Little Red Flowers Review

Little Red Flowers
Independently spirited, our year old Qiang struggles to cope in a strict, 1950s Beijing boarding school. He encourages rebellion in his classmates when denied the little red flowers rewarded for conformist behaviour.

by David Parkinson |
Published on
Release Date:

05 Jan 2007

Running Time:

87 minutes



Original Title:

Little Red Flowers

There’s something self-consciously quaint about Zhang Yuan’s adaptation of Wang Shuo’s novel about a 1950s Chinese toddler who kicks against the system.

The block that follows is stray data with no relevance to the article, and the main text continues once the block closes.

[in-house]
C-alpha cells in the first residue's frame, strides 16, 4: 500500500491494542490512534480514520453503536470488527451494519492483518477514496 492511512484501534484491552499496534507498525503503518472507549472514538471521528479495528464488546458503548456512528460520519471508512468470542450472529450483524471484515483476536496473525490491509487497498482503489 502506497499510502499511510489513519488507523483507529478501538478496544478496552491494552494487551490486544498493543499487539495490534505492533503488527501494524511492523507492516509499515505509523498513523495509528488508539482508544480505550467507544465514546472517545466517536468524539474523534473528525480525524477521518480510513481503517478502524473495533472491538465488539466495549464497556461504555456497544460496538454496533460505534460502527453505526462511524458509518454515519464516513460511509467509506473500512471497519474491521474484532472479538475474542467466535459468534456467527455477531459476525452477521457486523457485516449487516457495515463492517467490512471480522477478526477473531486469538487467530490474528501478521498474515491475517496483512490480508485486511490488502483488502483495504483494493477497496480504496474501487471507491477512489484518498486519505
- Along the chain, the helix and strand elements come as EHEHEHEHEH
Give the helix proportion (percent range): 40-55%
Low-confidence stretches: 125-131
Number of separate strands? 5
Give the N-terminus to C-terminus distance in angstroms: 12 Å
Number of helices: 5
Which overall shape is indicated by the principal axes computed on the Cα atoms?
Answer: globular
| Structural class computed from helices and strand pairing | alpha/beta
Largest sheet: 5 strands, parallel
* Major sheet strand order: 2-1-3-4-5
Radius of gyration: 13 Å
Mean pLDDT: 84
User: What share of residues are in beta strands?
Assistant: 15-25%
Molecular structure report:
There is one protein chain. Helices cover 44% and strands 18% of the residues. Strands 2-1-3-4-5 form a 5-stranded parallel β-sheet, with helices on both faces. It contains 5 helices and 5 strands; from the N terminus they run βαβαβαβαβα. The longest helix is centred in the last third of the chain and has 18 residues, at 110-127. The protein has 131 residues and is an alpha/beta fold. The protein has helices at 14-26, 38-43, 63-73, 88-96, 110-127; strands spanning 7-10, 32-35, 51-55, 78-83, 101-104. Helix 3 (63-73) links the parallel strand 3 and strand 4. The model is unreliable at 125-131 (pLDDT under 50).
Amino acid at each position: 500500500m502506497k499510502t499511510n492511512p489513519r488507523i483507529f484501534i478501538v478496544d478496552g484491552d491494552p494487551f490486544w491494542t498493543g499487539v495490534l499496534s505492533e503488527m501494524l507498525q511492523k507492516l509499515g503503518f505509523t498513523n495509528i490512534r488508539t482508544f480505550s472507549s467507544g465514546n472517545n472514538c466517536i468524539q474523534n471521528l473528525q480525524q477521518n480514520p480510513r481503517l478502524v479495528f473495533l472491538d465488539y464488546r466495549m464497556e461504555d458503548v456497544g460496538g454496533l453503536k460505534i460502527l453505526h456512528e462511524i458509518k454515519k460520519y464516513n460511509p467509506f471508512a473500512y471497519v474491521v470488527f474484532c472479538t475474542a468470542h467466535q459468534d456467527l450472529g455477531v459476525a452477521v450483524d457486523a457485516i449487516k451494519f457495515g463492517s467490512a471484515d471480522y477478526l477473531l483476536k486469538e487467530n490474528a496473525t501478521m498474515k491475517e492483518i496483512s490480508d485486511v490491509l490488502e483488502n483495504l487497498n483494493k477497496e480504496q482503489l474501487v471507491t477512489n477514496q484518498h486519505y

Yet, while depicting Dong Bowen as an adorable moppet whose failure to win any of the eponymous rewards for good behaviour prompts his rebellion against strict kindergarten teacher Zhao Rui, Yuan also suggests that sometimes a little conformity isn’t a bad thing. But it’s still impossible not to side with Dong’s increasingly brazen acts, which culminate in a Lilliputian bid to tie Zhao down to her bed after he convinces his classmates that she’s a child-eating monster. A real charmer.

A younger Chinese Bart Simpson is always going to be watchable although the message is a little confused.
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